Carol Stream cop facing DUI charge awarded disability
Carol Stream Police Sgt. Bryan Pece, who faces charges of driving under the influence after an off-duty traffic accident last May 5 that left him unable to return to work, has been awarded non-duty related disability leave.
The Carol Stream Police Pension Fund Board voted unanimously Thursday to award monthly disability payments of $4,507.17 to Pece. Pece applied for the disability leave in May, the day after authorities said he was drunk when his vehicle rear-ended an SUV at the intersection of Army Trail and County Farm roads in Hanover Park.
The accident left Pece, a 22-year member of the force, with a broken vertebrae in the back, several broken ribs, torn ligaments in his knee, a dislocated hip and broken pelvis.
Three doctors chosen by the board all certified Pece as disabled and physically unable to return to work.
"He's disabled, the doctors that we sent him to all unanimously said that he's disabled," said John Numrich, the board president. "We went with the doctor's decision. The nature of the accident did not factor into the decision. It has nothing to do with it."
Pece, 43, was set to return to work after being off for roughly six months as a result of injuries suffered while on duty, but was involved in the accident the night before and faces one misdemeanor count of DUI. If convicted he could be fired, but to this point Pece hasn't faced any disciplinary action.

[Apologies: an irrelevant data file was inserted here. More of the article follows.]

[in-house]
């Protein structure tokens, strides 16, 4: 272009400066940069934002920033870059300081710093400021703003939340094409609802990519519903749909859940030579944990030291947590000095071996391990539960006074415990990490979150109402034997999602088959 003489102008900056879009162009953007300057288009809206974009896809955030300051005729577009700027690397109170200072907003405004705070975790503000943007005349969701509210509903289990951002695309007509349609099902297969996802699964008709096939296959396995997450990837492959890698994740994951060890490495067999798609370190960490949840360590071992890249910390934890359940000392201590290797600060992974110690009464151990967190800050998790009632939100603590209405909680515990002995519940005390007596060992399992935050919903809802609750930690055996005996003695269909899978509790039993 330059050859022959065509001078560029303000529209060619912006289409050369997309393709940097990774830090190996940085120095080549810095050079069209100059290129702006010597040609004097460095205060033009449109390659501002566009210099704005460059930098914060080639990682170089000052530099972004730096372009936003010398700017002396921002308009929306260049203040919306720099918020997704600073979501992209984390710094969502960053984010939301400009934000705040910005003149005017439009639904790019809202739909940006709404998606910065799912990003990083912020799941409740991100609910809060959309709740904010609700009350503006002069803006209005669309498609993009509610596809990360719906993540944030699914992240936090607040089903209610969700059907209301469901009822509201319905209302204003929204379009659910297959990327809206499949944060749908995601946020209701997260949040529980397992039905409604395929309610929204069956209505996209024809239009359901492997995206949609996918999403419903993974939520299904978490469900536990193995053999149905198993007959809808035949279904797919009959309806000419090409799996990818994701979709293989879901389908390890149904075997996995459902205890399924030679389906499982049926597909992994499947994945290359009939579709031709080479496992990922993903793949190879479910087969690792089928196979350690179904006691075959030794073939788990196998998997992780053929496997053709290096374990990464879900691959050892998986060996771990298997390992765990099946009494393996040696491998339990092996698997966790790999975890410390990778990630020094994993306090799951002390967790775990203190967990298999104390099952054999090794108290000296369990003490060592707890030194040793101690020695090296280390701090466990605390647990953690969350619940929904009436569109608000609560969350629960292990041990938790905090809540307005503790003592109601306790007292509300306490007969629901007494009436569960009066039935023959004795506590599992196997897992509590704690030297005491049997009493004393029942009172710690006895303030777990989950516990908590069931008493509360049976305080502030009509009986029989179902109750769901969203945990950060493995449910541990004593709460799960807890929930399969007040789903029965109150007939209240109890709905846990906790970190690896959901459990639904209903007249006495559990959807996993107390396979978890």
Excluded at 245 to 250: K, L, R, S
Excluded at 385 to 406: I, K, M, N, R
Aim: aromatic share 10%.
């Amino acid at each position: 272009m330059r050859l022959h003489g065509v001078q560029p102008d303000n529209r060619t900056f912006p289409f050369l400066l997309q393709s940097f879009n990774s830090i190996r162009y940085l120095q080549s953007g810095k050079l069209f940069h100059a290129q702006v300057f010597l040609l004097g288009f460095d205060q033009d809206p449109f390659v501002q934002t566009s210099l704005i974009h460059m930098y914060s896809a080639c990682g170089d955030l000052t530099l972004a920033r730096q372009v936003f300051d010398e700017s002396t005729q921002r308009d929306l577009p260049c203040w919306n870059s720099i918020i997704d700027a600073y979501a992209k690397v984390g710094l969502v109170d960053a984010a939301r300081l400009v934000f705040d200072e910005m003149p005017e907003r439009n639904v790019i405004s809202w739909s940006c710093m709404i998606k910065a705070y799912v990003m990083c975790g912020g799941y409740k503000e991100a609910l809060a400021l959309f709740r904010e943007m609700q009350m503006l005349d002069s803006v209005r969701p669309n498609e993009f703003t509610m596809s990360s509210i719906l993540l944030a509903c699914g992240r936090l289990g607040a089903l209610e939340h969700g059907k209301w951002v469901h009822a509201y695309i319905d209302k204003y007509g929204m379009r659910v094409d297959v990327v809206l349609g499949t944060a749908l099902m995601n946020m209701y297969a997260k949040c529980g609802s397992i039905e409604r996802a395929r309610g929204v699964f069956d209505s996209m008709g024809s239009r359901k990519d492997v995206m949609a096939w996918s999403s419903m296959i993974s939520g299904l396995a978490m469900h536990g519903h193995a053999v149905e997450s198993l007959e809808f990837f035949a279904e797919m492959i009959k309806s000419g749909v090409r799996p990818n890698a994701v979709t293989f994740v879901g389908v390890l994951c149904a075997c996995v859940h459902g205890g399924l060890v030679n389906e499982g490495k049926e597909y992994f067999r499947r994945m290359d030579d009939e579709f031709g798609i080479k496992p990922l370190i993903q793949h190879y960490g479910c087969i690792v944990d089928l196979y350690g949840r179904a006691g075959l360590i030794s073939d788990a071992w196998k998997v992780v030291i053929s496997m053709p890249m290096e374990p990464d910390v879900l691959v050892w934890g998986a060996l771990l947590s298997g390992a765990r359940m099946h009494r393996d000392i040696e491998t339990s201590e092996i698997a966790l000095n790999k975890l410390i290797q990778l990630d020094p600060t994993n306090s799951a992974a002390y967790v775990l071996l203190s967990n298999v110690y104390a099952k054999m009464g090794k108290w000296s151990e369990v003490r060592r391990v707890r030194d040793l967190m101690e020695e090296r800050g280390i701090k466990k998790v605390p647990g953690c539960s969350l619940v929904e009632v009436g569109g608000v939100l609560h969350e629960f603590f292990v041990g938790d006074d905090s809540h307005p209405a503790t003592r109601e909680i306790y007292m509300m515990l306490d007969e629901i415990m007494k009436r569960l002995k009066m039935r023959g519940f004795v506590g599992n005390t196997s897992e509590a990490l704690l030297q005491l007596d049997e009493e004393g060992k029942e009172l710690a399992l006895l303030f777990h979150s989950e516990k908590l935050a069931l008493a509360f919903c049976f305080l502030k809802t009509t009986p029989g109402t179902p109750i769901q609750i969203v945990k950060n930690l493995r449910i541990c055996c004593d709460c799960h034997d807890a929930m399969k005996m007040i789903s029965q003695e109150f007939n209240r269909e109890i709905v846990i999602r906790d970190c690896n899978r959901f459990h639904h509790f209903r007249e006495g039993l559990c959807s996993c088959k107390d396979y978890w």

He is due in court again March 4.
Following the accident Pece used up all his accrued paid leave time, which ran out on Jan. 3. His disability payments will be effective Jan. 4.
Pece, unable to sit for extended periods of time during Thursday's hearing, said that he has been undergoing physical therapy twice a week and is on a series of pain and anxiety drugs for his condition.
"At this point I can't do a lot of the physical things necessary for the job such as running, sitting in a car for long periods of time, I can't fight with anybody if that was required because my leg is so weak," Pece said. "I don't think it's possible (to return), I truly don't."
Pece declined comment on the board's ruling.
"I have no comment, other than to say he got exactly what he deserved," said Richard Blass, Pece's attorney.
Pece joined the Carol Stream police in 1991, working his way up to sergeant 10 years ago. Under terms of the disability he is required to have a medical examination every year until age 50 to determine if he is physically able to return to work.
His disability application is only the second one the pension board has received from a sworn officer in several years, said Numrich, a former Carol Stream police chief. The pension board, established in 1972, includes two active-duty officers, two civilians appointed by Village President Frank Saverino and one retiree.